Henry Francis Downing

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Henry Francis Downing (1846 – February 19, 1928)[1] was an African-American sailor, politician, dramatist and novelist. His cousin was Hilary R. W. Johnson, the first African-born president of Liberia (1884–92).[2]


Henry Francis Downing was born in New York City and named for his father Henry. His paternal grandfather was noted caterer and oyster seller Thomas Downing. Among Downing's uncles was noted caterer and abolitionist George T. Downing, who ran successful businesses in New York, Newport, Rhode Island, and Washington, DC.

In 1864 Downing joined the U.S. Navy at the Brooklyn Navy Yard.[1] According to BlackPast.org, "Navy records listed him as having deserted in 1865, though it was later revealed he left the ship to attend his stepfather’s funeral, and his mother had obtained his discharge so that he could assist her". [1] After the US Civil War, Downing started on a journey around the world, and reached the American colony of Liberia, where he lived for three years.[1] On his return to the US in 1872, he again enlisted in the navy, serving until 1875.[1]

In 1887, Grover Cleveland appointed Downing as consul to Luanda, Angola, but he resigned in 1888. In late 1890, he led the African Americans of New York City to tender to the Comte de Paris.[3] In early 1891, Judge William H. Amoux, Chairman of the Committee of 200 Pan-Republican Congress, appointed Downing, along with other prominent men, to the Committee of Plan and Scope.[4]

The next month, Downing became one of the first African Americans to dine with Reform Democrats.[5] In June 1892, Downing, a lifelong Democrat, joined other African Americans at the Democratic headquarters. They believed they had to look for alternative alliances than the Republican Party.[6] Meanwhile, he sued Sils and Son, the proprietors of a Brooklyn restaurant, for $10,000 over the spread of cholera. By then, Downing had become the editor of the Brooklyn Messenger.[7][8] On November 4, 1892, the newspaper editor joined C. Holliday of Topeka and George P. H. McVay of Harlem, editor of the Uptown Press, at the College Street Chapel for a discussion.[9]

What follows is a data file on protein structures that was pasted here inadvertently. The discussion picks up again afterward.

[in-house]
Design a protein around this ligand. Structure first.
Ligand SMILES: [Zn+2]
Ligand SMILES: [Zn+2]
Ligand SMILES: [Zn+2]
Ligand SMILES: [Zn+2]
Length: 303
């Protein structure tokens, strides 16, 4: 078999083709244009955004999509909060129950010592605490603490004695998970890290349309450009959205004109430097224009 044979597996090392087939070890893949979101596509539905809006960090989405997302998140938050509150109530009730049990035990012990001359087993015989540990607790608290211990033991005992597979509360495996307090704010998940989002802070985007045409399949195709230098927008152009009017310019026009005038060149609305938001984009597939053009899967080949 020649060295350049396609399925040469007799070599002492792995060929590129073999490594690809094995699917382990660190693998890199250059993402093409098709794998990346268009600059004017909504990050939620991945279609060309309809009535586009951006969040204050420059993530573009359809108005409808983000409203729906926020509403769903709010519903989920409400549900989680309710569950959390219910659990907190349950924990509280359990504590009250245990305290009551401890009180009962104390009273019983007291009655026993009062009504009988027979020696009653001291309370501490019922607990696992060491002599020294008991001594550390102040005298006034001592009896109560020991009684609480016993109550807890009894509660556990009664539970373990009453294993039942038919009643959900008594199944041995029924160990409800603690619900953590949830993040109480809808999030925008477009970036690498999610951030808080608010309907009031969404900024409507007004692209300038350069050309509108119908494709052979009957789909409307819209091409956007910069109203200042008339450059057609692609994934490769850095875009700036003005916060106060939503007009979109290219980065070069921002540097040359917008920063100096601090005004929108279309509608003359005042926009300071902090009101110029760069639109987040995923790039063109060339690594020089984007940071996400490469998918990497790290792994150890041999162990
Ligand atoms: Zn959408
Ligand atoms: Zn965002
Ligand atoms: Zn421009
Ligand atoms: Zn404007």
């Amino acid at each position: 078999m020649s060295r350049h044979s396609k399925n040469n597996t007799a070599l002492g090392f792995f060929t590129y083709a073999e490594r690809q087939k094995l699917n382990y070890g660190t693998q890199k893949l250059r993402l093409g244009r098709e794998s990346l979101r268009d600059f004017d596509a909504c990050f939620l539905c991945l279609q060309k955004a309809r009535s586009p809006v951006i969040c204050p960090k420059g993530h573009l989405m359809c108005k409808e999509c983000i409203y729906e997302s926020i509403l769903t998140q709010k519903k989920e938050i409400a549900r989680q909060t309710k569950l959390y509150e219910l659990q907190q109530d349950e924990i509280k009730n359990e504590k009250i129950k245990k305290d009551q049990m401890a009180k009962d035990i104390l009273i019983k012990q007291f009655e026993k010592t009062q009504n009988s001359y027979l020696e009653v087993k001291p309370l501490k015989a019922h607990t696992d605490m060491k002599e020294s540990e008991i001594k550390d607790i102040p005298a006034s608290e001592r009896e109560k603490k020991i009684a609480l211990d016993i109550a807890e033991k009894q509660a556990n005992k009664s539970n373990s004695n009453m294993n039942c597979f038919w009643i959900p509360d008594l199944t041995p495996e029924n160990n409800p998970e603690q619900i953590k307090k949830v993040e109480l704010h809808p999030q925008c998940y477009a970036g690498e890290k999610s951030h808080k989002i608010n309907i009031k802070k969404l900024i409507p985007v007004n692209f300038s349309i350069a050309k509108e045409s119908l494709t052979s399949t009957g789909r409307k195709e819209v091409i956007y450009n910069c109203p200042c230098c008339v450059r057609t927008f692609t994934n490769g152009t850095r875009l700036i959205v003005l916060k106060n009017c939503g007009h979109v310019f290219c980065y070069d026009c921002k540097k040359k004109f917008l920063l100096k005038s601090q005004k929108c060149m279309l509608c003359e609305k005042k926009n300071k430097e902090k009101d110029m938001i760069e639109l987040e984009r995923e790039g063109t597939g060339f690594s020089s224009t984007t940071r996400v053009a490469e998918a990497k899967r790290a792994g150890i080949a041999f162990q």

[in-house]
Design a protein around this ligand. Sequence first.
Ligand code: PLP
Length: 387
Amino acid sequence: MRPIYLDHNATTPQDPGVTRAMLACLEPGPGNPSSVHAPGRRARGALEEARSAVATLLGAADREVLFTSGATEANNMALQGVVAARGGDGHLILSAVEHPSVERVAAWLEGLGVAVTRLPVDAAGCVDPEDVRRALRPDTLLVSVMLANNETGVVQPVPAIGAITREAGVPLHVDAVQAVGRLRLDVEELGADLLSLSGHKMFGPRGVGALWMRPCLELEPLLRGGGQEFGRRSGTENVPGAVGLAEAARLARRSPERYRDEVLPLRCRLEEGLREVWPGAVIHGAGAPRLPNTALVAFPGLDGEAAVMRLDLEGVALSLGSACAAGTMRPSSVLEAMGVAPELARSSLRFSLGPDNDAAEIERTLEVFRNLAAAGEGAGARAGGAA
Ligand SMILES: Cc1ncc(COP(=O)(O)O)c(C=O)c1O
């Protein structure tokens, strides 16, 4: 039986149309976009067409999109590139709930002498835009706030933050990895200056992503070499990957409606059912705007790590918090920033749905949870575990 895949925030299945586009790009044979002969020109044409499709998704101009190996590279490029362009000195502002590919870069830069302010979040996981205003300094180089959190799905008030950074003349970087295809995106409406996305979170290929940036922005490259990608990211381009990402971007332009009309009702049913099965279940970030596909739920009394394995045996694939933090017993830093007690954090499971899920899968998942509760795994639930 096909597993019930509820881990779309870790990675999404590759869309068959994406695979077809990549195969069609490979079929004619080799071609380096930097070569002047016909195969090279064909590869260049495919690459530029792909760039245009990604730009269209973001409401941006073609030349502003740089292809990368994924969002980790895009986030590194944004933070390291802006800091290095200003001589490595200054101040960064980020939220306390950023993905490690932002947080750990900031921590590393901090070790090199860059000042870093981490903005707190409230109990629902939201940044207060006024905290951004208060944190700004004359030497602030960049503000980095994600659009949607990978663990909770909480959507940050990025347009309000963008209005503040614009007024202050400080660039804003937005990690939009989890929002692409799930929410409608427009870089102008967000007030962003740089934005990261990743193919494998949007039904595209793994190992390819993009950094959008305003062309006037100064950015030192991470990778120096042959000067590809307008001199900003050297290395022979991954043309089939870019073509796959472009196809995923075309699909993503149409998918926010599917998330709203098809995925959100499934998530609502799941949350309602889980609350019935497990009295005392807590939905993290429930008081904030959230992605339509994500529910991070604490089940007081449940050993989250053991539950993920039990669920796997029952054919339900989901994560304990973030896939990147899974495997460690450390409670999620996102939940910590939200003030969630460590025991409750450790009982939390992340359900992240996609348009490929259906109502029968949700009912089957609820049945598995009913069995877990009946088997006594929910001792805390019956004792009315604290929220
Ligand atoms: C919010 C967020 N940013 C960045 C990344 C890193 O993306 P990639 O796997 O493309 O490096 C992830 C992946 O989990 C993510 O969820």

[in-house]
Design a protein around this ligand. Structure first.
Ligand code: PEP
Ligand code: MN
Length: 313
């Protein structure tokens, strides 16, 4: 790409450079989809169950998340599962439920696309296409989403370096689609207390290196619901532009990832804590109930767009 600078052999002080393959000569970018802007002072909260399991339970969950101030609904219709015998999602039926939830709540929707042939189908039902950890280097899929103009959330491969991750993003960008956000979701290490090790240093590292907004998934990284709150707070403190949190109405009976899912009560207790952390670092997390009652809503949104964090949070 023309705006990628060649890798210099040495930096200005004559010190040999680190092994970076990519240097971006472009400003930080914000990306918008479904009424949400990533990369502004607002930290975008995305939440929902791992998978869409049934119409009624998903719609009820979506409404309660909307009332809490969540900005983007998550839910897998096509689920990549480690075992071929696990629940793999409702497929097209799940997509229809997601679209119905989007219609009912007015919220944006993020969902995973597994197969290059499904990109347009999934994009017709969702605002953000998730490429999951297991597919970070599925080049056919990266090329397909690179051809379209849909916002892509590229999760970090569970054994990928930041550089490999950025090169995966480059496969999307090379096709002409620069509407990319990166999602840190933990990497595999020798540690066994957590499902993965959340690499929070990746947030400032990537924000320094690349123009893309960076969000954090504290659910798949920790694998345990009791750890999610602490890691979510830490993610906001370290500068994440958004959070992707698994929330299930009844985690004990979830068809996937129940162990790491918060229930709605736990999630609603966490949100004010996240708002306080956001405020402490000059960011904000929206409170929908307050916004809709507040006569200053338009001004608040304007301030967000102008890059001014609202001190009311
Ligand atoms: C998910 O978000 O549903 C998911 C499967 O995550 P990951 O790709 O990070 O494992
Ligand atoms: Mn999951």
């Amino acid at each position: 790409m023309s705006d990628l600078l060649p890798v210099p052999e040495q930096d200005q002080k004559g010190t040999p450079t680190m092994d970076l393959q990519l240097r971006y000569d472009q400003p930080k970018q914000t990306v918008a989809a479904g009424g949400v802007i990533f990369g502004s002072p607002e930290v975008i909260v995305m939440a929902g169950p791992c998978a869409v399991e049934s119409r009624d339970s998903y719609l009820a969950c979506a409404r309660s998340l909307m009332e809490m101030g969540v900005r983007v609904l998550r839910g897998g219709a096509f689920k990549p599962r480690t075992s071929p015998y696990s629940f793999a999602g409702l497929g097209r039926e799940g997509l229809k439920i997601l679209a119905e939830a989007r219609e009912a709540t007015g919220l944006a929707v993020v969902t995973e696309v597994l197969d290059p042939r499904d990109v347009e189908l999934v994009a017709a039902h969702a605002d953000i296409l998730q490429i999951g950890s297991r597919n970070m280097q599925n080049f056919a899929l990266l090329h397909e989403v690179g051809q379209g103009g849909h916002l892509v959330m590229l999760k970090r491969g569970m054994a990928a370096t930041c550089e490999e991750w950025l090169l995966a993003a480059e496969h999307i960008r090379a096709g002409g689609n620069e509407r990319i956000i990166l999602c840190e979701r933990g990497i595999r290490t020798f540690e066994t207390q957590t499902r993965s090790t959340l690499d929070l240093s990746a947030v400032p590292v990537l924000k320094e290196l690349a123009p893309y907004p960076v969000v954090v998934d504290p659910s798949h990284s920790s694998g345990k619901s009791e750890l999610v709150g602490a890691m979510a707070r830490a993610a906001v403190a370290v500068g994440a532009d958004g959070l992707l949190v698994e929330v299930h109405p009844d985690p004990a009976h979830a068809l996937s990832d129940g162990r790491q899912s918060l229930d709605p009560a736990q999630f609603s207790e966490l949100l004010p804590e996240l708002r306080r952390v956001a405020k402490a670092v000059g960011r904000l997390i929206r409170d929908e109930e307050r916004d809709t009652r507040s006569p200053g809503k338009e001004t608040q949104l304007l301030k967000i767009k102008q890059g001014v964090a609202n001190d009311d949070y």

In 1895, Downing traveled with his wife to London. They chose to stay and lived there for 22 years.[2] He was a participant in the First Pan-African Conference there in 1900.

While in London, Downing concentrated on creative writing, publishing several plays and a novel, The American Cavalryman: A Liberian Romance (1917).[10] Downing was inspired by the life of American actor Ira Frederick Aldridge, who developed a career in performing Shakespeare in London and Europe.[11] Downing was "probably the first person of African descent to have a play of his or her own written and published in Britain."[12]

Returning to the US in 1917, Downing lived in New York City during his final years. He died on February 19, 1928, at the Harlem Hospital.[1]


Black filmmaker Oscar Micheaux based two films on Downing's literary work. Micheaux's Thirty Years Later (1928) is based on a story/novella by Downing, and the film A Daughter of the Congo (1930) is based on Downing's The American Cavalryman.